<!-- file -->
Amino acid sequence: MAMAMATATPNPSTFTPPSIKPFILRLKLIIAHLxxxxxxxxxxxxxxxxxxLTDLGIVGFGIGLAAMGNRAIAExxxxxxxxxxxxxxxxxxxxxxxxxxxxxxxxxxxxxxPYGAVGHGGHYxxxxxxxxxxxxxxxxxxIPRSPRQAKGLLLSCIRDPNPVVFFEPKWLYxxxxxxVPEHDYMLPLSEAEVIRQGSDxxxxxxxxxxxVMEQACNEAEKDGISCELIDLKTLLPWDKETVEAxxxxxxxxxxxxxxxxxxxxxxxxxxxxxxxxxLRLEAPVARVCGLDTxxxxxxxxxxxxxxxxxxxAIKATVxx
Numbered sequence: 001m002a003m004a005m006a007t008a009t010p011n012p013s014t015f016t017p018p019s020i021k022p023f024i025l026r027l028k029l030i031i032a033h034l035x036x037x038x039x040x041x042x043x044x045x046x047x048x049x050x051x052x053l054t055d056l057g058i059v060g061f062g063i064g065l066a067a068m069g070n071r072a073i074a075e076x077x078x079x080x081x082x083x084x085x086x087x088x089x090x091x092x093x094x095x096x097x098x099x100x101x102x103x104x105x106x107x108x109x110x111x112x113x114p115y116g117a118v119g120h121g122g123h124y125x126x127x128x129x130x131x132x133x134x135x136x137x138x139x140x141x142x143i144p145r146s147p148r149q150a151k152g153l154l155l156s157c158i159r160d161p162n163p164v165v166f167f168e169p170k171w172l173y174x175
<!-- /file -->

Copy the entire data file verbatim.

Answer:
Amino acid sequence: MAMAMATATPNPSTFTPPSIKPFILRLKLIIAHLxxxxxxxxxxxxxxxxxxLTDLGIVGFGIGLAAMGNRAIAExxxxxxxxxxxxxxxxxxxxxxxxxxxxxxxxxxxxxxPYGAVGHGGHYxxxxxxxxxxxxxxxxxxIPRSPRQAKGLLLSCIRDPNPVVFFEPKWLYxxxxxxVPEHDYMLPLSEAEVIRQGSDxxxxxxxxxxxVMEQACNEAEKDGISCELIDLKTLLPWDKETVEAxxxxxxxxxxxxxxxxxxxxxxxxxxxxxxxxxLRLEAPVARVCGLDTxxxxxxxxxxxxxxxxxxxAIKATVxx
Numbered sequence: 001m002a003m004a005m006a007t008a009t010p011n012p013s014t015f016t017p018p019s020i021k022p023f024i025l026r027l028k029l030i031i032a033h034l035x036x037x038x039x040x041x042x043x044x045x046x047x048x049x050x051x052x053l054t055d056l057g058i059v060g061f062g063i064g065l066a067a068m069g070n071r072a073i074a075e076x077x078x079x080x081x082x083x084x085x086x087x088x089x090x091x092x093x094x095x096x097x098x099x100x101x102x103x104x105x106x107x108x109x110x111x112x113x114p115y116g117a118v119g120h121g122g123h124y125x126x127x128x129x130x131x132x133x134x135x136x137x138x139x140x141x142x143i144p145r146s147p148r149q150a151k152g153l154l155l156s157c158i159r160d161p162n163p164v165v166f167f168e169p170k171w172l173y174x175